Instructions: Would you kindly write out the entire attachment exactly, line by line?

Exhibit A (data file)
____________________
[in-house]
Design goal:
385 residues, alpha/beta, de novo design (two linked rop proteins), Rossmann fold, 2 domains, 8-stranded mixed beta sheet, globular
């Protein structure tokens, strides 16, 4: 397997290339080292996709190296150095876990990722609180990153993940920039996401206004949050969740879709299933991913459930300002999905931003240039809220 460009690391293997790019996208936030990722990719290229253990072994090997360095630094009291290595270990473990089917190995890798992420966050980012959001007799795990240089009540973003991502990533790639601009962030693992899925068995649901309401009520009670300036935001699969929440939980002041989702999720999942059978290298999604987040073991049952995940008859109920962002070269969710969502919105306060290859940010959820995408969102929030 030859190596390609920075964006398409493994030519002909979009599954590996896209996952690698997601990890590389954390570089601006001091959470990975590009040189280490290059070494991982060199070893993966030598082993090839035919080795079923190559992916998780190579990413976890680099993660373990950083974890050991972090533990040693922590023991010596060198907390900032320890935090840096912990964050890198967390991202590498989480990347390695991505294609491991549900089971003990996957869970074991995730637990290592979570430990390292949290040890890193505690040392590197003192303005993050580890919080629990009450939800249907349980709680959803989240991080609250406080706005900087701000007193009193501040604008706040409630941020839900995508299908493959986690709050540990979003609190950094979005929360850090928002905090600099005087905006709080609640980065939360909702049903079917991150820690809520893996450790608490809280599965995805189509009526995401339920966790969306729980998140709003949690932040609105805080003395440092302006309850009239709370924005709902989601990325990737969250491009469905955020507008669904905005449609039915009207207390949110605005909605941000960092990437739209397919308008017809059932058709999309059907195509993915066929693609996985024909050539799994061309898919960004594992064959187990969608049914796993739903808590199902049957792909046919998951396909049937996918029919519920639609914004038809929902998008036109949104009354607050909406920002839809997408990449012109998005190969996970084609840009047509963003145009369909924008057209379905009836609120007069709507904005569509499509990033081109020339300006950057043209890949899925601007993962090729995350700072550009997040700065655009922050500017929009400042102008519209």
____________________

[in-house]
Design goal:
385 residues, alpha/beta, de novo design (two linked rop proteins), Rossmann fold, 2 domains, 8-stranded mixed beta sheet, globular
């Protein structure tokens, strides 16, 4: 397997290339080292996709190296150095876990990722609180990153993940920039996401206004949050969740879709299933991913459930300002999905931003240039809220 460009690391293997790019996208936030990722990719290229253990072994090997360095630094009291290595270990473990089917190995890798992420966050980012959001007799795990240089009540973003991502990533790639601009962030693992899925068995649901309401009520009670300036935001699969929440939980002041989702999720999942059978290298999604987040073991049952995940008859109920962002070269969710969502919105306060290859940010959820995408969102929030 030859190596390609920075964006398409493994030519002909979009599954590996896209996952690698997601990890590389954390570089601006001091959470990975590009040189280490290059070494991982060199070893993966030598082993090839035919080795079923190559992916998780190579990413976890680099993660373990950083974890050991972090533990040693922590023991010596060198907390900032320890935090840096912990964050890198967390991202590498989480990347390695991505294609491991549900089971003990996957869970074991995730637990290592979570430990390292949290040890890193505690040392590197003192303005993050580890919080629990009450939800249907349980709680959803989240991080609250406080706005900087701000007193009193501040604008706040409630941020839900995508299908493959986690709050540990979003609190950094979005929360850090928002905090600099005087905006709080609640980065939360909702049903079917991150820690809520893996450790608490809280599965995805189509009526995401339920966790969306729980998140709003949690932040609105805080003395440092302006309850009239709370924005709902989601990325990737969250491009469905955020507008669904905005449609039915009207207390949110605005909605941000960092990437739209397919308008017809059932058709999309059907195509993915066929693609996985024909050539799994061309898919960004594992064959187990969608049914796993739903808590199902049957792909046919998951396909049937996918029919519920639609914004038809929902998008036109949104009354607050909406920002839809997408990449012109998005190969996970084609840009047509963003145009369909924008057209379905009836609120007069709507904005569509499509990033081109020339300006950057043209890949899925601007993962090729995350700072550009997040700065655009922050500017929009400042102008519209």